Is Irish whiskey really ‘booming’?By Tom Bruce-Gardyne
There is a real distillery-building boom in Ireland. But as the liquid will take time to mature, we ask how many of the eager start-ups will become successful players in the long term.
“We’re still quite tiny in the relative scheme of things,” says Stephen Teeling, Teeling Distillery’s sales and marketing director, about Irish whiskey in general. “Go back 150 years and 60% of all brown spirits sold was Irish whiskey. Where we are now is, at best, 7% or 8%, and that’s been led by a mature market, which is the US. We haven’t really touched the emerging markets.”
The Teeling Distillery opened in Dublin in 2015, 40 years after whiskey-making had ceased in the capital, seemingly for good. Back then there were just two distilleries in the whole island of Ireland – Bushmills in County Antrim in the north, and Midleton in County Cork. When Stephen Teeling’s father, John Teeling, added a third by converting an old potato-alcohol plant into the Cooley Distillery in 1987, Irish whiskey barely existed beyond its homeland. According to the broadcaster and whiskey writer-turned-distiller Peter Mulryan, total exports were around 140,000 cases. “So we’re coming from a very low base,” he says.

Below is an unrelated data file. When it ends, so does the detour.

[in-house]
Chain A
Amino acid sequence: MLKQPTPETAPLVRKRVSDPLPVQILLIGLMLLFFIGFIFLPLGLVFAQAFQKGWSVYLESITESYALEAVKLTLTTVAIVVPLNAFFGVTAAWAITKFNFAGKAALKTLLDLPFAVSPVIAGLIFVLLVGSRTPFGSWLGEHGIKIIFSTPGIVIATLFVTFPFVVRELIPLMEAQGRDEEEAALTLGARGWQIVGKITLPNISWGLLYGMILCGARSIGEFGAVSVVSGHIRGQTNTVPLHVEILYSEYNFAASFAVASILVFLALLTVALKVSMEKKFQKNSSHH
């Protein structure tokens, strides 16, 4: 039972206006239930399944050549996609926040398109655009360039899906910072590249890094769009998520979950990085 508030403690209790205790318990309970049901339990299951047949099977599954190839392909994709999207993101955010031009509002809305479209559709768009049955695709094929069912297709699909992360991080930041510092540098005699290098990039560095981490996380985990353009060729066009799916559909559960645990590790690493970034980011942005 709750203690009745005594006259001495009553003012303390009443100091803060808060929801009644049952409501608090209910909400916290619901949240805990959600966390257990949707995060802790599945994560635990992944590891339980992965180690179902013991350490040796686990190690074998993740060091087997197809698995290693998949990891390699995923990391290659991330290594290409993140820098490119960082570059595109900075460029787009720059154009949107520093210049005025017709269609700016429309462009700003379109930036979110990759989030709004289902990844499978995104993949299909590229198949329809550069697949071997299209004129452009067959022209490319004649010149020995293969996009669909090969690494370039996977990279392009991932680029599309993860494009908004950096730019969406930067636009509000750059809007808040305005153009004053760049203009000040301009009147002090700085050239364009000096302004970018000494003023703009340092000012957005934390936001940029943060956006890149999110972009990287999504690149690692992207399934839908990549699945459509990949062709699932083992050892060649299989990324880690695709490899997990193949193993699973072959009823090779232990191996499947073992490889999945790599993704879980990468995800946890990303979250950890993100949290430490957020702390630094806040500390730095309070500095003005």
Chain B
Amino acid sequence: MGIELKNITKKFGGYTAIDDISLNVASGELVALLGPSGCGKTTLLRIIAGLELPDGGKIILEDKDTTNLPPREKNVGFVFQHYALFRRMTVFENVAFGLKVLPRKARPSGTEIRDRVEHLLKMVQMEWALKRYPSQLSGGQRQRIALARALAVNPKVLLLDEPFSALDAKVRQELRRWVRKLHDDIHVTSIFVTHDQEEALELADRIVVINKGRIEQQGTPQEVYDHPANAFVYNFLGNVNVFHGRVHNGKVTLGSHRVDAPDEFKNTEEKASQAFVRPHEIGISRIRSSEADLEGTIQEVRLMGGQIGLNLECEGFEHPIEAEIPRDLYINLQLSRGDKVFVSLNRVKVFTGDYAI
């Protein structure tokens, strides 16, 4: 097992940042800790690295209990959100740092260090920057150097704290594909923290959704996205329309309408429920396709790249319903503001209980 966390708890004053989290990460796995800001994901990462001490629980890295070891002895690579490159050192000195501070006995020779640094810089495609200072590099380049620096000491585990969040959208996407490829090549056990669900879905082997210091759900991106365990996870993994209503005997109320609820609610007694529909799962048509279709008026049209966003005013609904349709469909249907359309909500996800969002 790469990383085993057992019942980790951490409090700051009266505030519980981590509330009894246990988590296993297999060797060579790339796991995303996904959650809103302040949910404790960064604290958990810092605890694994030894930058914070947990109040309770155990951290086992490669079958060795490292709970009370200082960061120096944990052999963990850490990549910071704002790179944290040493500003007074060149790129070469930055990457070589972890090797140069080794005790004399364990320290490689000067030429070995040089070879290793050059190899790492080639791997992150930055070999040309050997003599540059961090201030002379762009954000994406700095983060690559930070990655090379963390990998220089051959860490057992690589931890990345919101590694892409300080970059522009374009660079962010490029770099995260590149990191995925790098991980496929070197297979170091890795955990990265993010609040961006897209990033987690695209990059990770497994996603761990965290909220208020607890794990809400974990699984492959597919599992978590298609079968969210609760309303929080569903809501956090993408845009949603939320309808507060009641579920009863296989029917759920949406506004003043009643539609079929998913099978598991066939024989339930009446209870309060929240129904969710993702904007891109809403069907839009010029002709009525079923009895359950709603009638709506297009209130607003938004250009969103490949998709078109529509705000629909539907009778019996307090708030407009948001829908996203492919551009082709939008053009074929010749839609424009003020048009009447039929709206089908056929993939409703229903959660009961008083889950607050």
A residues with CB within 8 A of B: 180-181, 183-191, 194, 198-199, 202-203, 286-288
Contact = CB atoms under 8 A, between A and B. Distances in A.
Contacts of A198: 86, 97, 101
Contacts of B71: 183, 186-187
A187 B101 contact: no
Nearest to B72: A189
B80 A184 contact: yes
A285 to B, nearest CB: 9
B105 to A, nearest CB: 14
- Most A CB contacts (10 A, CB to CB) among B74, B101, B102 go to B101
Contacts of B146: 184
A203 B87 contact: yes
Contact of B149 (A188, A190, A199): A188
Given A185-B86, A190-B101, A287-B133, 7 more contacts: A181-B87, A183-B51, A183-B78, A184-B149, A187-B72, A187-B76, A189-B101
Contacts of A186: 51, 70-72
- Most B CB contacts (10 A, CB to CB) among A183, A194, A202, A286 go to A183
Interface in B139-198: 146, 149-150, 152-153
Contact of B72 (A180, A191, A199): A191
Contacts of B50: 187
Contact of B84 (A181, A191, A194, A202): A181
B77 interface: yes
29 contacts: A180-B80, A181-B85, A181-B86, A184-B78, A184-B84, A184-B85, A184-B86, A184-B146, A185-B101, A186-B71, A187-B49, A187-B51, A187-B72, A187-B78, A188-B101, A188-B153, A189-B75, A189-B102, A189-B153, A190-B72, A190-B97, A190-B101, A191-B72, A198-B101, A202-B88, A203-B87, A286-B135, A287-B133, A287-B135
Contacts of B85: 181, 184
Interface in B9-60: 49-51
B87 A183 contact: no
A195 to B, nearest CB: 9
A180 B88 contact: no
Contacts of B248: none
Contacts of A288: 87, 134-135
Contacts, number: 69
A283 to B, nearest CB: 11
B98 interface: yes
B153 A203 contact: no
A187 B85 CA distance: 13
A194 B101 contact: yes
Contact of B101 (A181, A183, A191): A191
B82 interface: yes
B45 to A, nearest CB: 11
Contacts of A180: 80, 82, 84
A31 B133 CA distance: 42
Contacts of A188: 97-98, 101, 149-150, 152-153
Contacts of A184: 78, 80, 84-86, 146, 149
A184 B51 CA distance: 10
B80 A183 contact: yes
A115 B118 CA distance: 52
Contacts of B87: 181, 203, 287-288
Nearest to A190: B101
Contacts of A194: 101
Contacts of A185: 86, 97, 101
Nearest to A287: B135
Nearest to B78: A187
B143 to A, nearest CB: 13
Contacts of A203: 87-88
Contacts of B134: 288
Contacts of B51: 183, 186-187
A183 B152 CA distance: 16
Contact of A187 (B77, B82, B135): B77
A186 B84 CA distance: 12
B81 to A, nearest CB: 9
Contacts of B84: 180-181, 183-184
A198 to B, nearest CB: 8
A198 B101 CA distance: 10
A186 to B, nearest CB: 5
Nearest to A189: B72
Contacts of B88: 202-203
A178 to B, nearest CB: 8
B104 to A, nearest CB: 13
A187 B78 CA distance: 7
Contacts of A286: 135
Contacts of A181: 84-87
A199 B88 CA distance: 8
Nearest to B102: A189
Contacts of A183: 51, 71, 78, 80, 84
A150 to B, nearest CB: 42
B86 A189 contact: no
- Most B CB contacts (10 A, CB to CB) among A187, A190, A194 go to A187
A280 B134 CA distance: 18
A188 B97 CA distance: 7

His Blackwater Distillery in County Waterford began laying down stocks six months ago with a view to releasing its first whiskey in 2022. But with an annual production of 5,000 cases it probably won’t be giving category leader Jameson too many sleepless nights. When it fired up its stills last November, Blackwater became Ireland’s 21st distillery, and there have been several others since. These are booming times for the category, with global sales of 10.7 million cases in 2018, according to the Irish Whiskey Association (IWA), and a forecast of surpassing its mid-19th century peak of more than 12m cases next year. Yet so far, in Mulryan’s view: “It’s been the Jameson boom, not the Irish whiskey boom.”
Belief in Jameson
Since acquiring Irish Distillers for the equivalent of US$442m in 1988, Pernod Ricard has never faltered in its belief in Jameson and has invested accordingly. But today, given the sheer scale of the brand that sells more than 3.5m cases a year in the US, you wonder if familiarity might be breeding a little contempt? “Fortunately, I don’t